Acting Assistant U.S. EPA Administrator Janet McCabe didn't make any specific promises during her testimony before the Senate Environment and Public Works Committee yesterday morning.
But between the lines of her answers, the agency's top air quality official delivered a clear signal to the state officials charged with implementing the Obama administration's Clean Power Plan: There's a strong chance EPA will back away from the interim 2020 goals many states have decried as unreasonable, rushed and too expensive to comply with.
"We are looking very, very closely" at changing those requirements, McCabe told lawmakers at several points during the two-hour hearing.
The Clean Power Plan aims to lower the domestic power sector's greenhouse gas emissions by 30 percent by 2030. But the draft regulation released last summer would require states to meet interim reduction goals a decade earlier.
Missouri Public Service Commission Chairman Robert Kenney expressed the views of many state regulators when he spoke on a Washington, D.C., panel earlier this month. "About 80 percent of our 21 percent reduction will be required by 2020," he said. "That interim goal presents a logistical virtual impossibility, frankly, because of all the different moving parts that need to be addressed" (ClimateWire, Jan. 30).
While McCabe mostly stuck to general answers when lawmakers broached specific complaints about EPA's draft regulations during yesterday's hearing, she steered multiple conversations back to the 2020 goals. "One of the issues we've hear from many people, that is right in this area, is the interim goal that the proposed rule set in 2020," she told Sen. Roger Wicker (R-Miss.). "A lot of the anxiety is about meeting an interim goal in that time period. That is something that we're looking very, very closely at."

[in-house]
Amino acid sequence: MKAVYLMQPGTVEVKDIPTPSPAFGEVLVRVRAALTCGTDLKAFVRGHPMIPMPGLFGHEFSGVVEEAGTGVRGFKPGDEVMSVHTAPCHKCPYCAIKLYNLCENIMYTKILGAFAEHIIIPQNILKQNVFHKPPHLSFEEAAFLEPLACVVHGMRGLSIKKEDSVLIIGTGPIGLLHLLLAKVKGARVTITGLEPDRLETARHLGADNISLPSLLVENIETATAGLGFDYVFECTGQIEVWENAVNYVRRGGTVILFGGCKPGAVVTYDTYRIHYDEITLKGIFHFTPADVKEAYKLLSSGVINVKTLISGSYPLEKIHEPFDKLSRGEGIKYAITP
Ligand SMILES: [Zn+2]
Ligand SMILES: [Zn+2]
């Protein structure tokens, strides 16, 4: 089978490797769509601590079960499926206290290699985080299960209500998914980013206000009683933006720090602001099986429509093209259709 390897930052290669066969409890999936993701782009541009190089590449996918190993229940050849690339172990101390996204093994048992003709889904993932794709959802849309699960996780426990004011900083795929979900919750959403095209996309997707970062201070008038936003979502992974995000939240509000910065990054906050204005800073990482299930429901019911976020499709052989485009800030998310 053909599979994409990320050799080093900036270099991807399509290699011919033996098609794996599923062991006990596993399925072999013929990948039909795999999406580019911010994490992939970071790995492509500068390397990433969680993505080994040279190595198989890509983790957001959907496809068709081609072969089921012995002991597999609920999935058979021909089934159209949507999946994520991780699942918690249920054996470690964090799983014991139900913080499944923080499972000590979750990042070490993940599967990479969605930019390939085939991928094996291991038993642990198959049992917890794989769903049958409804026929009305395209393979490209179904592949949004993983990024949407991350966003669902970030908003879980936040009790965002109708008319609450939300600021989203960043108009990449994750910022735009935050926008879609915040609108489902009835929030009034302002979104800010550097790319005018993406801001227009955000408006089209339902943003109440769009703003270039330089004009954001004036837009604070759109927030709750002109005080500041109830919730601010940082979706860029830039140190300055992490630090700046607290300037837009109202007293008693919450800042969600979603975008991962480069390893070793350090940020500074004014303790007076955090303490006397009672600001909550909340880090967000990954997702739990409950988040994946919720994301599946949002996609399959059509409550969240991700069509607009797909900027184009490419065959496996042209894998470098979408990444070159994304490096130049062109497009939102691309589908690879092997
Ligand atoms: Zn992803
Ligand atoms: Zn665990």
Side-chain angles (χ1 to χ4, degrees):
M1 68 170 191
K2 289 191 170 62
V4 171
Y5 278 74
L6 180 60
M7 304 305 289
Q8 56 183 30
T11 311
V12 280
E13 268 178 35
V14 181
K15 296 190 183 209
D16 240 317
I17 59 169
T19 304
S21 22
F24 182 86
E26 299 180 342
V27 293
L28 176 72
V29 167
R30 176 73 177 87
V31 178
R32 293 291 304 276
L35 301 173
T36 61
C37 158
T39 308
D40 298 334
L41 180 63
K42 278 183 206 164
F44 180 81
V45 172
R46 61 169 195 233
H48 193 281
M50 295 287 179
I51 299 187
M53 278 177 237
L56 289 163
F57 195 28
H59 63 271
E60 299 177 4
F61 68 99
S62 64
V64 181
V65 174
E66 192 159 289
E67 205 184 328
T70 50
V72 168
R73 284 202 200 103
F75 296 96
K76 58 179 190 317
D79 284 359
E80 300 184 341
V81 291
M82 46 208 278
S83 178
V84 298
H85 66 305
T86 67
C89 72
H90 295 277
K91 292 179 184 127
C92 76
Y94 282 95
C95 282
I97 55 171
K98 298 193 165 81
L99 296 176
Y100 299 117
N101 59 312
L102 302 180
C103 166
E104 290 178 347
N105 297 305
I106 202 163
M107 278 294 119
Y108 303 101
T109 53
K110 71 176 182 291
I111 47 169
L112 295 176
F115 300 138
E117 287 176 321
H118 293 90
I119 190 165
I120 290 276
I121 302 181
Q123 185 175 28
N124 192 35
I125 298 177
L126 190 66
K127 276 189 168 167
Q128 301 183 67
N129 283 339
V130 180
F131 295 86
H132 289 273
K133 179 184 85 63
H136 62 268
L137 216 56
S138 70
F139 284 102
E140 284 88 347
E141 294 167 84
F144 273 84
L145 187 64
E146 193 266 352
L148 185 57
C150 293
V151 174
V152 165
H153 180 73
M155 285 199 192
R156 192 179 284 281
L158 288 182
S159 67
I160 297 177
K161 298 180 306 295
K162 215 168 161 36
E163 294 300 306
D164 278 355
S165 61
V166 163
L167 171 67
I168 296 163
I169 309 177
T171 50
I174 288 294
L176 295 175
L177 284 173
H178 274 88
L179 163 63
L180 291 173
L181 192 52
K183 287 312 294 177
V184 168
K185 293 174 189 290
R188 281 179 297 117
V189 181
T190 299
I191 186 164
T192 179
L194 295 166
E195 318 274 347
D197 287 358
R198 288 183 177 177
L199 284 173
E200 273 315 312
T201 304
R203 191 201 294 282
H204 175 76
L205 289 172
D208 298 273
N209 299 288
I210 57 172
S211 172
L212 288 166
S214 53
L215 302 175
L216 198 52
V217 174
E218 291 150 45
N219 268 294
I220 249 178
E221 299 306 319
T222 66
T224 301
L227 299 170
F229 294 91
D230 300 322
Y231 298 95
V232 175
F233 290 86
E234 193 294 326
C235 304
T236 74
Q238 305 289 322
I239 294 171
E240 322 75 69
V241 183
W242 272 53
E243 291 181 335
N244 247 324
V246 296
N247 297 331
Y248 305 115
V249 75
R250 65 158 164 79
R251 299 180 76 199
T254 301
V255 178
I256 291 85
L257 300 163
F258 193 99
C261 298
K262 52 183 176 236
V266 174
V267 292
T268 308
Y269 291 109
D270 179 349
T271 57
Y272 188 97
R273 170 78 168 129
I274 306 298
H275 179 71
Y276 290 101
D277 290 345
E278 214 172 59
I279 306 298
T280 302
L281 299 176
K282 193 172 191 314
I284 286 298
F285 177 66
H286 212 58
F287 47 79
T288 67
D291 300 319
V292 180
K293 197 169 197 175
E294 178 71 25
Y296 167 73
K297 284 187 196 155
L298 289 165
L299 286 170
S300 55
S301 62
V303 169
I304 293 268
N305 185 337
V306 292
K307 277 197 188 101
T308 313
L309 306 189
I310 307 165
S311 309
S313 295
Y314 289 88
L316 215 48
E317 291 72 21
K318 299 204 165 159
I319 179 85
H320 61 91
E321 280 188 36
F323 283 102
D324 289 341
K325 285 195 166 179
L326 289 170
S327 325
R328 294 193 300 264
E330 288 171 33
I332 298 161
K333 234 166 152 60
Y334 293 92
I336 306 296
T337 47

Big question that's soon to get a hearing
More than a dozen states have expressed serious concerns about the interim goals in the comments they submitted to EPA. (Summaries of those comments, as well as specifics about states' goals, can be found at E&E's Power Plan Hub.)
Several have offered alternative approaches.
Nevada suggested that states be allowed to set their own, EPA-approved milestones for how they ramp up to the eventual 2030 goal. "The final rule will not be issued until June 2014, and states will then have one or two years to submit a plan, an exceptionally short timeframe given the complexity of state planning requirements," the state said in its EPA comments. "Plan approvals at the earliest would be accomplished by June 2017. That would give states a scant two years to implement their plans." (Click here to go to the Power Plan Hub's Nevada page.)
Other states, like Oklahoma, suggested that EPA delay the interim goals by five years. And some states joined Louisiana in advocating for no interim goals whatsoever.
The heads of the two groups representing state air quality regulators are on the same page when it comes to the challenge EPA's 2020 goals represent. "I fully expect [EPA] will make some accommodations to address these issues," Bill Becker, executive director of the National Association of Clean Air Agencies, said in an email.
"Nearly all of our members raised significant concerns about the achievability of the interim targets for 2020," Association of Air Pollution Control Agencies Executive Director Clint Woods said in an email. "Elimination of (or substantial changes to) the interim goals appears fairly likely and represents some of the lowest hanging fruit among final rule concessions in response to state comments."
The Senate committee will soon hear directly from state regulators about some of these concerns. Late yesterday afternoon, EPW Chairman James Inhofe (R-Okla.) called for a future state-focused hearing in a statement, saying, "McCabe's responses in today's hearing raised more questions than they answered."
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